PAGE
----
Pritzker Prize 2017

Le musée Soulages
© Photothèque Rodez Agglomération

For the first time in its history, this year’s Pritzker Prize was awarded to a trio of architects, the Spaniards Rafael Aranda, Carme Pigem, and Ramon Vilalta, partners in RCR Arquitectes which they founded in 1987 in the Catalonian village of Olot.

One of their most remarkable creations in recent years, the Musée Soulages was inaugurated in 2016 at Rodez in the foothills of the Massif Central. Composed of five parallelepipeds in oxidized Corten steel, its rust color recalls the volcanic stone of their native Catalonia, as well as the pink stone of the local cathedral. The group is known for using modern, recycled materials such as steel and plastics, and for the purity of forms intimately connected with their natural surroundings.

Click here to visit the Pritzker Prize website.  

According to Glenn Murcutt, Chair of this year’s Pritzker Prize Jury, “They’ve demonstrated that unity of a material can lend such incredible strength and simplicity to a building. […] The collaboration of these three architects produces uncompromising architecture of a poetic level, representing timeless work that reflects great respect for the past, while projecting clarity that is of the present and the future.”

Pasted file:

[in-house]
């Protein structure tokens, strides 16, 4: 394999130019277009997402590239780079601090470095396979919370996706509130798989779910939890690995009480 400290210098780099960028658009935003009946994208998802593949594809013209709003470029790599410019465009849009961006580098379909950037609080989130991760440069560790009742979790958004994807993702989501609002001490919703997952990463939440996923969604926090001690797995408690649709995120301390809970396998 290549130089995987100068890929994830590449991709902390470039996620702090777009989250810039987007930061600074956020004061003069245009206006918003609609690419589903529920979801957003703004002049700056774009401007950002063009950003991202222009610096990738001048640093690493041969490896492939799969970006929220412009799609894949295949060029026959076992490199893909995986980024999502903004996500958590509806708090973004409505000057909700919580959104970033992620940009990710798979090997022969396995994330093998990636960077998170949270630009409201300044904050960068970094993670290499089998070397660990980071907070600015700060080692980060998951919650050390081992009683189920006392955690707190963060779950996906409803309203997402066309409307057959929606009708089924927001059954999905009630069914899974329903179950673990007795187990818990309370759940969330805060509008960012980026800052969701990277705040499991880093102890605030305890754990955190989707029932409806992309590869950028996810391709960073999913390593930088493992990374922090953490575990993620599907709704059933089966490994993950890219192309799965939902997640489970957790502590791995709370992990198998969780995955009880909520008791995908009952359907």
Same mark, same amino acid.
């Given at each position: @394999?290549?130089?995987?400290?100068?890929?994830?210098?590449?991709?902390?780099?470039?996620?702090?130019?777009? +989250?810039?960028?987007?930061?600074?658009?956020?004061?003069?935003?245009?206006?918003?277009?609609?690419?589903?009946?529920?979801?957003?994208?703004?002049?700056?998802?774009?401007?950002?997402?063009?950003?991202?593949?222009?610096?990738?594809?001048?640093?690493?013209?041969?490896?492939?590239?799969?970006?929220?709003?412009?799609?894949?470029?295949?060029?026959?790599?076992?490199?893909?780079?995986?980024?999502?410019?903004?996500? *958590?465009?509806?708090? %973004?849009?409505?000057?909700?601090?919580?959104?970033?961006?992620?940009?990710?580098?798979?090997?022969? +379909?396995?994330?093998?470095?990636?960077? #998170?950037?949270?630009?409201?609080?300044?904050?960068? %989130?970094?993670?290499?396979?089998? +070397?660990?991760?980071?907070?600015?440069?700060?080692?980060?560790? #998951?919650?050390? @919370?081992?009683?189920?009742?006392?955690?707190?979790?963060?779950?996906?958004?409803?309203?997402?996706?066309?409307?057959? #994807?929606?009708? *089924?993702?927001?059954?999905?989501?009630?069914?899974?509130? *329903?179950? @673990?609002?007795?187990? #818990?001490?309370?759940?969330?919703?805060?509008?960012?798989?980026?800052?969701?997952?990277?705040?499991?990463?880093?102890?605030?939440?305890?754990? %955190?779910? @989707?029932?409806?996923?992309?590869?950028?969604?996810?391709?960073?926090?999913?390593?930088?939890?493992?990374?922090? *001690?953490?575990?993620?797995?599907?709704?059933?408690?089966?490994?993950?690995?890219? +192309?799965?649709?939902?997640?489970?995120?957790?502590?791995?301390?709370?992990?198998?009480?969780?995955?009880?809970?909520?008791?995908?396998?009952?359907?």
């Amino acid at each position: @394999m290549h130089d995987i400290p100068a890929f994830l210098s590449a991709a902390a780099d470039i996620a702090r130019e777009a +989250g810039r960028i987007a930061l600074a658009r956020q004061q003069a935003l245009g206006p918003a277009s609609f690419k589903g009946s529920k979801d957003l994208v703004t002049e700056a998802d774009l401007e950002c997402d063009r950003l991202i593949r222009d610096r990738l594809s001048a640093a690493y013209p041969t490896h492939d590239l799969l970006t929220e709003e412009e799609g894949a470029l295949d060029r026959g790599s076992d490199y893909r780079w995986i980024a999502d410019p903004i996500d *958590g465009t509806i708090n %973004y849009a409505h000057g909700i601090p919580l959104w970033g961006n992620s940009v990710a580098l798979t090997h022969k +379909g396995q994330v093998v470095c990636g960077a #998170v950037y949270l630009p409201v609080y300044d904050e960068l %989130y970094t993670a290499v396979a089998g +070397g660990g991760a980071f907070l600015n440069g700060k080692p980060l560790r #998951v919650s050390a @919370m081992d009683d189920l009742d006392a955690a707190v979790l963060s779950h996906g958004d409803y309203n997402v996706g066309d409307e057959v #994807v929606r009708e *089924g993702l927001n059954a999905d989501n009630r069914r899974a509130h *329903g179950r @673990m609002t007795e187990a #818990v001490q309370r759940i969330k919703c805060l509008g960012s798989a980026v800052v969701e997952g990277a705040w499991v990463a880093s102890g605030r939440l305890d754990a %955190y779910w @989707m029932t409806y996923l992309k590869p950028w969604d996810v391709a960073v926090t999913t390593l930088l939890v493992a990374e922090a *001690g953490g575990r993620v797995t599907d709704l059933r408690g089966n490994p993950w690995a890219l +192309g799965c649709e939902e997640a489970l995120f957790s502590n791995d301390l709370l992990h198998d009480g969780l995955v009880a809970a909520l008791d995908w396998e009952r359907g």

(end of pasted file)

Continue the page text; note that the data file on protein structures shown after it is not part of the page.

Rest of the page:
In fact, the architects credit the isolation of their rural surroundings with this capacity to work with such intensity, in a contemporary world “that moves very quickly and is very restless … disorienting”, explains Vilalta.

RCR Arquitectes was recently selected by the Emerige Group to design an arts center set to open on the Île Seguin, just west of Paris, in 2021.

Carme Pigem is the third woman to receive the Prizker Prize since its founding in 1978, after Kazuyo Sejima (2010) and the late Zada Hadid (2004).

Click here to visit the Pritzker Prize website.

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